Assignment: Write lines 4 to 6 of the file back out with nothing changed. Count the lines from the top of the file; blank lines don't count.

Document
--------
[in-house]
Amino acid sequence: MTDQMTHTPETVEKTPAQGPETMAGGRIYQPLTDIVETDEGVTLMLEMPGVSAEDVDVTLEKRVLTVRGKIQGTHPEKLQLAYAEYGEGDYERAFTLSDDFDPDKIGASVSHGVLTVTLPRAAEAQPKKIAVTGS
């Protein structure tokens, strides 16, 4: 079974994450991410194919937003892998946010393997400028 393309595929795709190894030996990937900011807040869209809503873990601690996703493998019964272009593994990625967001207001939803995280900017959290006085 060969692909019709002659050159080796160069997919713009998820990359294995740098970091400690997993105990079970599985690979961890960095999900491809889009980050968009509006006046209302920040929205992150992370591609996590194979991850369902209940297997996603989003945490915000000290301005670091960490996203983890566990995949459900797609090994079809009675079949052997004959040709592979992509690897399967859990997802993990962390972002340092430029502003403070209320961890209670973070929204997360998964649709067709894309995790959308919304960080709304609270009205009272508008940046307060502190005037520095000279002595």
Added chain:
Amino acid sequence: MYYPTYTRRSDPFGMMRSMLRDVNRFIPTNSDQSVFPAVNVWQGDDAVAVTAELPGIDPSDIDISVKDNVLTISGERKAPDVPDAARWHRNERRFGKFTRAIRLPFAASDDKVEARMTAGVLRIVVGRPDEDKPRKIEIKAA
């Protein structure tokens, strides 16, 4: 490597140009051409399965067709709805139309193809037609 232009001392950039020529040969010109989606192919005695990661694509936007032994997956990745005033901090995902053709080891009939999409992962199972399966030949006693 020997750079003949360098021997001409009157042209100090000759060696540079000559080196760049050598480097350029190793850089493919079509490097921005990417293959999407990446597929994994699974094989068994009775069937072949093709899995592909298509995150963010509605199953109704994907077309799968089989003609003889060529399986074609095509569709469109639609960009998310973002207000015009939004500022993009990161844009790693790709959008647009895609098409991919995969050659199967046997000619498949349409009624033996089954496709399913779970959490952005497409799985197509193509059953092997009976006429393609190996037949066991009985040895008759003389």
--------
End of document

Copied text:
Added chain:
Amino acid sequence: MYYPTYTRRSDPFGMMRSMLRDVNRFIPTNSDQSVFPAVNVWQGDDAVAVTAELPGIDPSDIDISVKDNVLTISGERKAPDVPDAARWHRNERRFGKFTRAIRLPFAASDDKVEARMTAGVLRIVVGRPDEDKPRKIEIKAA
């Protein structure tokens, strides 16, 4: 490597140009051409399965067709709805139309193809037609 232009001392950039020529040969010109989606192919005695990661694509936007032994997956990745005033901090995902053709080891009939999409992962199972399966030949006693 020997750079003949360098021997001409009157042209100090000759060696540079000559080196760049050598480097350029190793850089493919079509490097921005990417293959999407990446597929994994699974094989068994009775069937072949093709899995592909298509995150963010509605199953109704994907077309799968089989003609003889060529399986074609095509569709469109639609960009998310973002207000015009939004500022993009990161844009790693790709959008647009895609098409991919995969050659199967046997000619498949349409009624033996089954496709399913779970959490952005497409799985197509193509059953092997009976006429393609190996037949066991009985040895008759003389």